Brain operates on a network level. Magnetic resonance imaging (MRI) provides structural and functional images noninvasively with large field of view and at high spatial resolution and thus assumes an extremely valuable role in studying brain networks. The objectives of this doctoral work were to develop and apply novel MRI methods on human and rodent brains, for in vivo and global assessments of functional brain networks at resting and task-evoked states. Firstly, the feasibility of passband balanced steady-state free precession (bSSFP) imaging for distortion-free and high-resolution resting-state fMRI (rsfMRI) was investigated. Resting-state networks (RSNs) derived from bSSFP images were shown spatially and spectrally comparable to those derived from conventional gradient-echo echo-planar imaging (GE-EPI) with considerable intra- and inter-subject reproducibility. High-resolution bSSFP corresponded well to the anatomical images, with RSNs exquisitely co-localized to gray matter. Furthermore, RSNs at areas of severe susceptibility were proved accessible including human anterior prefrontal cortex and rat piriform cortex. These findings demonstrated for the first time that passband bSSFP approach can be a promising alternative to GE-EPI for rsfMRI. It offers distortion-free and high-resolution RSNs and is potentially suited for high field studies. Secondly, to examine the macrovascular contributions to the spatial and spectral prosperities of resting-state networks, spin-echo echo-planar imaging (SE-EPI) with moderate diffusion weighting (DW) was proposed for rsfMRI. SE and DW suppressed the extravascular and intravascular contributions from macrovessels respectively. Significantly lower functional connectivity strength was observed in the posterior cingulate cortex of the default mode network derived from DW SE-EPI data comparing to that derived from SE-EPI, suggesting a confounding role played by the intravascular component from large veins, whereas no significant spectral difference was detected. Therefore, the DW SEEPI approach for rsfMRI may assist in better identifying and interpreting largescale brain networks with future improvement in temporal resolution by acceleration techniques and in sensitivity at higher field. Thirdly, rsfMRI was performed to evaluate the intrinsic functional networks in the corresponding anatomical visual brain connections traced by Mn-enhanced MRI (MEMRI). Strengths of resting-state functional connectivity appeared to couple with structural connectivity in MEMRI, demonstrating the sensitivity of these structural and functional connectivity MRI techniques for assessing the neuroarchitecture, neurophysiology and structural-functional relationships in the visual brain in vivo. Fourthly, the hypothesis that a regional activation identified via general linear model analysis of fMRI data reflects the summation of multiple distinct networks that carry different functional purposes was tested. Overlapping frontoparietal networks engaged in a simple single-digit multiplication task were found and their functional roles were evaluated through independent components analysis and contributive source analysis. Future studies incorporating different arithmetic tasks and resting state will shed more light upon how brain accomplishes arithmetic and more complex tasks in general. Lastly, benefiting from higher SNR, better spatial and temporal resolution at higher field, exploratory fMRI studies were conducted on rats at 7 T for in vivo assessments of 1) the effect of dark-rearing on postnatal visual development, 2) sound amplitude modulations and 3) sound frequency modulation sweep direction selectivity in auditory system. ( / published_or_final_version / Electrical and Electronic Engineering / Doctoral / Doctor of Philosophy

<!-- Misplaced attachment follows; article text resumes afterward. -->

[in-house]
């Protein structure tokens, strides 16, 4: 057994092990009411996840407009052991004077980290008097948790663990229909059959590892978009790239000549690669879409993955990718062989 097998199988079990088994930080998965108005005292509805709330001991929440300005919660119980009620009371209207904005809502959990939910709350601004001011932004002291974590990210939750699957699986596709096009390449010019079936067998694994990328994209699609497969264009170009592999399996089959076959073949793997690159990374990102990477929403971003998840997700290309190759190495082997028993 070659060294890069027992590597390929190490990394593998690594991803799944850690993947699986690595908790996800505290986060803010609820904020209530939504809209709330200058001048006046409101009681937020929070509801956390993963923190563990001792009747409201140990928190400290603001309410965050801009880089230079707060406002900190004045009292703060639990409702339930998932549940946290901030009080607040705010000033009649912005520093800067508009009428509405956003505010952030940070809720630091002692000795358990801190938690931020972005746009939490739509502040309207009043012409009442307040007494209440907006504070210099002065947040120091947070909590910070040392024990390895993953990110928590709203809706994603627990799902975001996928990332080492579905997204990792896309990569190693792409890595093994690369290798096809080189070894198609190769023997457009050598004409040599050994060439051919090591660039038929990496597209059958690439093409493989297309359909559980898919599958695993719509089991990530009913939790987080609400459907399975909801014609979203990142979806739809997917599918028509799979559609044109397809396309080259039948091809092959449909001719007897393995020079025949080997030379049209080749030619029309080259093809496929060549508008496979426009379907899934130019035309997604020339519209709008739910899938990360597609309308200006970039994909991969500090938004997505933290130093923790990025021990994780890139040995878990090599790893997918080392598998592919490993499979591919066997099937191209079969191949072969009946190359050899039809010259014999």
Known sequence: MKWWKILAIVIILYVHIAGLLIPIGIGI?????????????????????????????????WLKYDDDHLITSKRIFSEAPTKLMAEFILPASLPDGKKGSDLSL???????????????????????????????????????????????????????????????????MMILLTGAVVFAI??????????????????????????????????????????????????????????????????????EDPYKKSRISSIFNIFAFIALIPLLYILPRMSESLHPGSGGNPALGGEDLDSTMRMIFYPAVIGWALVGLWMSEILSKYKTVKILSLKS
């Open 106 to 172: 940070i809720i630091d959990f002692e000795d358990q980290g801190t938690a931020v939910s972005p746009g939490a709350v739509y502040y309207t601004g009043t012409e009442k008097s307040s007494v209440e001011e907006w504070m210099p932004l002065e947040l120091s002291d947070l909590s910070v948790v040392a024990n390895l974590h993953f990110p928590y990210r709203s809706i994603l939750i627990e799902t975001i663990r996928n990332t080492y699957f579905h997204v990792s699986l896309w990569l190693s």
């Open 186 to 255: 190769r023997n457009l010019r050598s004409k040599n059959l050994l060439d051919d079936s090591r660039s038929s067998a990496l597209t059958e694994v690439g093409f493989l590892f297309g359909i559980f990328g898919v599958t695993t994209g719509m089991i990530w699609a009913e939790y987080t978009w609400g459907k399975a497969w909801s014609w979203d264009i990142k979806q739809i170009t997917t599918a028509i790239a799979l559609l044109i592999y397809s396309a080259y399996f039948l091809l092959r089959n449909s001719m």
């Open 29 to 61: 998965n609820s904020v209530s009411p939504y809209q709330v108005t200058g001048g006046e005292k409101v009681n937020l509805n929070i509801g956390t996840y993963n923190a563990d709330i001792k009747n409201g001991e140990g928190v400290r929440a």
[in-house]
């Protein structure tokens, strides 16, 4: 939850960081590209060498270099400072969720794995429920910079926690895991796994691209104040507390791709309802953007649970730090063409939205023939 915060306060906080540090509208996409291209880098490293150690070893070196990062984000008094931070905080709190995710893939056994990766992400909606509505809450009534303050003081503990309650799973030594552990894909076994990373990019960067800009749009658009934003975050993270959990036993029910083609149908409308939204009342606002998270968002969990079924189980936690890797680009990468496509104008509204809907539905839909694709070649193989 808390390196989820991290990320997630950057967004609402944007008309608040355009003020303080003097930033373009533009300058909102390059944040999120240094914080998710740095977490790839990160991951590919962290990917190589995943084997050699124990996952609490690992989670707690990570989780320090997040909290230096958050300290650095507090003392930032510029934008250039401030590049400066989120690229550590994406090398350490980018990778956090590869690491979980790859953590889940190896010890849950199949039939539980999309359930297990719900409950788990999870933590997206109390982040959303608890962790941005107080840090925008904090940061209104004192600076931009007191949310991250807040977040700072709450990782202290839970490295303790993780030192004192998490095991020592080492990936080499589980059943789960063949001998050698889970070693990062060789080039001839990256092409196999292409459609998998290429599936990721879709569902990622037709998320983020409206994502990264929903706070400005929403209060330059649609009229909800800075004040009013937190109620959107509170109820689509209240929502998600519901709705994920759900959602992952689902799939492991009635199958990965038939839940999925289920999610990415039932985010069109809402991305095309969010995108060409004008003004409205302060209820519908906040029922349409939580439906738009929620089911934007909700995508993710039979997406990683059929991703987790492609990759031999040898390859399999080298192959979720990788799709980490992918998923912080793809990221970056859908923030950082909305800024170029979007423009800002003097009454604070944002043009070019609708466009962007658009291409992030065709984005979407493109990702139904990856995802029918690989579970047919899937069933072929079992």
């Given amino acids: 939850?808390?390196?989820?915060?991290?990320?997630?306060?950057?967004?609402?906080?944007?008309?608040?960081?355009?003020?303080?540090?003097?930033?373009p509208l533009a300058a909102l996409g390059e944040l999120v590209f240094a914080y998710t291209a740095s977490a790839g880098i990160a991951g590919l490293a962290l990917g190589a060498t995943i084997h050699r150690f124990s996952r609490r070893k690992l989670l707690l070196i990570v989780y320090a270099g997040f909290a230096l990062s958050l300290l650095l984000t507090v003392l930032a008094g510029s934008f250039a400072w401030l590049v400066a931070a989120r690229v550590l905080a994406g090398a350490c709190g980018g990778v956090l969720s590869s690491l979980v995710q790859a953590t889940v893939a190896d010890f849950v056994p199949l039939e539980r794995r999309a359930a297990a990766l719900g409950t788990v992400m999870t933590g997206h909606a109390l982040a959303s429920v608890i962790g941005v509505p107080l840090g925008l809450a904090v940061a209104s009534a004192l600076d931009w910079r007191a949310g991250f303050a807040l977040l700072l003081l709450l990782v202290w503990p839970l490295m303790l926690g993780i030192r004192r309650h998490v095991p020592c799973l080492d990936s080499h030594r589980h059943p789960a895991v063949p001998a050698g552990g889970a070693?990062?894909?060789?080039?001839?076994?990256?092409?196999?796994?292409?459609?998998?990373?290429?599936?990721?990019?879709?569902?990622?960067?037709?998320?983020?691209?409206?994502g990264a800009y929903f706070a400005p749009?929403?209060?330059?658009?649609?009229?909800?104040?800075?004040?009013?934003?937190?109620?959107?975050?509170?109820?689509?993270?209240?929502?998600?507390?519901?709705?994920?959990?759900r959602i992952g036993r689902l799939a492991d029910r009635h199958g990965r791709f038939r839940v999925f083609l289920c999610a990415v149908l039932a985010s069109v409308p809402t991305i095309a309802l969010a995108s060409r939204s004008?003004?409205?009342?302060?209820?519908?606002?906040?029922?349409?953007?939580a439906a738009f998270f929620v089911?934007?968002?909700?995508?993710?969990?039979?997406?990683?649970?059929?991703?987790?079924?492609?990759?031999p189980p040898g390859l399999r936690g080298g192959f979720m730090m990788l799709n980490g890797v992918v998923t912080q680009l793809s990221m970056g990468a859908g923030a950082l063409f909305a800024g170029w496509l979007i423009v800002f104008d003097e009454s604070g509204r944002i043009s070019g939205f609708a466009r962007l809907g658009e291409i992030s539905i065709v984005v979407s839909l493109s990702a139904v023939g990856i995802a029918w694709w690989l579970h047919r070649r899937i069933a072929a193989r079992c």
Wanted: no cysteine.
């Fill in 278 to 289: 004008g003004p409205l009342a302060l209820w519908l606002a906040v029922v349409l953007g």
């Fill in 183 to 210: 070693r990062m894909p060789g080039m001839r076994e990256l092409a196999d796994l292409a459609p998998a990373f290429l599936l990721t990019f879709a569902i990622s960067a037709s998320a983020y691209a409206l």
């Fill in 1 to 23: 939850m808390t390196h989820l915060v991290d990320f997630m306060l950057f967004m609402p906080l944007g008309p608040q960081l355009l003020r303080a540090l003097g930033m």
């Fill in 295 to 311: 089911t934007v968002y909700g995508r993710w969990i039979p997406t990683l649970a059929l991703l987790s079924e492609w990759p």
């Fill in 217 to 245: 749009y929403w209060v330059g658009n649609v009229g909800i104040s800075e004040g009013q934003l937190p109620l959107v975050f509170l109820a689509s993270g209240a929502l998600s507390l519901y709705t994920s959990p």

Use of contrast agents with fast field-cycling magnetic resonance imaging